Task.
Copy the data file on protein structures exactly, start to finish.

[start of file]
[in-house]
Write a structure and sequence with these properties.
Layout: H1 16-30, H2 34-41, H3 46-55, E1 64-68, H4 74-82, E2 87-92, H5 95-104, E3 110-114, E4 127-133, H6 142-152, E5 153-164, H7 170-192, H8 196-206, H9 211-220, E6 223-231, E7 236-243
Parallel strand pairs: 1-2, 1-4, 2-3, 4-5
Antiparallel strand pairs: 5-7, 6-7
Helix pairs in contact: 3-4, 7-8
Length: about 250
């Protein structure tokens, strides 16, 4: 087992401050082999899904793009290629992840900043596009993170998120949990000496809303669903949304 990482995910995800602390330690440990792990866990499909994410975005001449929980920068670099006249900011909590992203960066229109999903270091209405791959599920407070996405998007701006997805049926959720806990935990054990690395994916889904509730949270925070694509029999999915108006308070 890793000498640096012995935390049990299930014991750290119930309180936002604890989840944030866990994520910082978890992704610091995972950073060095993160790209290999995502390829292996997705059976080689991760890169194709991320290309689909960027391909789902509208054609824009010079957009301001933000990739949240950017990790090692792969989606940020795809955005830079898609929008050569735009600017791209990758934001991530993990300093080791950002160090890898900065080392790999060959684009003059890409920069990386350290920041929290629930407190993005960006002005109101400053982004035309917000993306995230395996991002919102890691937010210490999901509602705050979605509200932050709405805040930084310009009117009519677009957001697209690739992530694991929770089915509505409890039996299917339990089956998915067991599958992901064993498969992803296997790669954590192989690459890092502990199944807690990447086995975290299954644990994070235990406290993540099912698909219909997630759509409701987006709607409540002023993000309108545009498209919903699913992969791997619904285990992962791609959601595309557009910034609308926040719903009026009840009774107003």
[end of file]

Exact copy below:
[in-house]
Write a structure and sequence with these properties.
Layout: H1 16-30, H2 34-41, H3 46-55, E1 64-68, H4 74-82, E2 87-92, H5 95-104, E3 110-114, E4 127-133, H6 142-152, E5 153-164, H7 170-192, H8 196-206, H9 211-220, E6 223-231, E7 236-243
Parallel strand pairs: 1-2, 1-4, 2-3, 4-5
Antiparallel strand pairs: 5-7, 6-7
Helix pairs in contact: 3-4, 7-8
Length: about 250
């Protein structure tokens, strides 16, 4: 087992401050082999899904793009290629992840900043596009993170998120949990000496809303669903949304 990482995910995800602390330690440990792990866990499909994410975005001449929980920068670099006249900011909590992203960066229109999903270091209405791959599920407070996405998007701006997805049926959720806990935990054990690395994916889904509730949270925070694509029999999915108006308070 890793000498640096012995935390049990299930014991750290119930309180936002604890989840944030866990994520910082978890992704610091995972950073060095993160790209290999995502390829292996997705059976080689991760890169194709991320290309689909960027391909789902509208054609824009010079957009301001933000990739949240950017990790090692792969989606940020795809955005830079898609929008050569735009600017791209990758934001991530993990300093080791950002160090890898900065080392790999060959684009003059890409920069990386350290920041929290629930407190993005960006002005109101400053982004035309917000993306995230395996991002919102890691937010210490999901509602705050979605509200932050709405805040930084310009009117009519677009957001697209690739992530694991929770089915509505409890039996299917339990089956998915067991599958992901064993498969992803296997790669954590192989690459890092502990199944807690990447086995975290299954644990994070235990406290993540099912698909219909997630759509409701987006709607409540002023993000309108545009498209919903699913992969791997619904285990992962791609959601595309557009910034609308926040719903009026009840009774107003």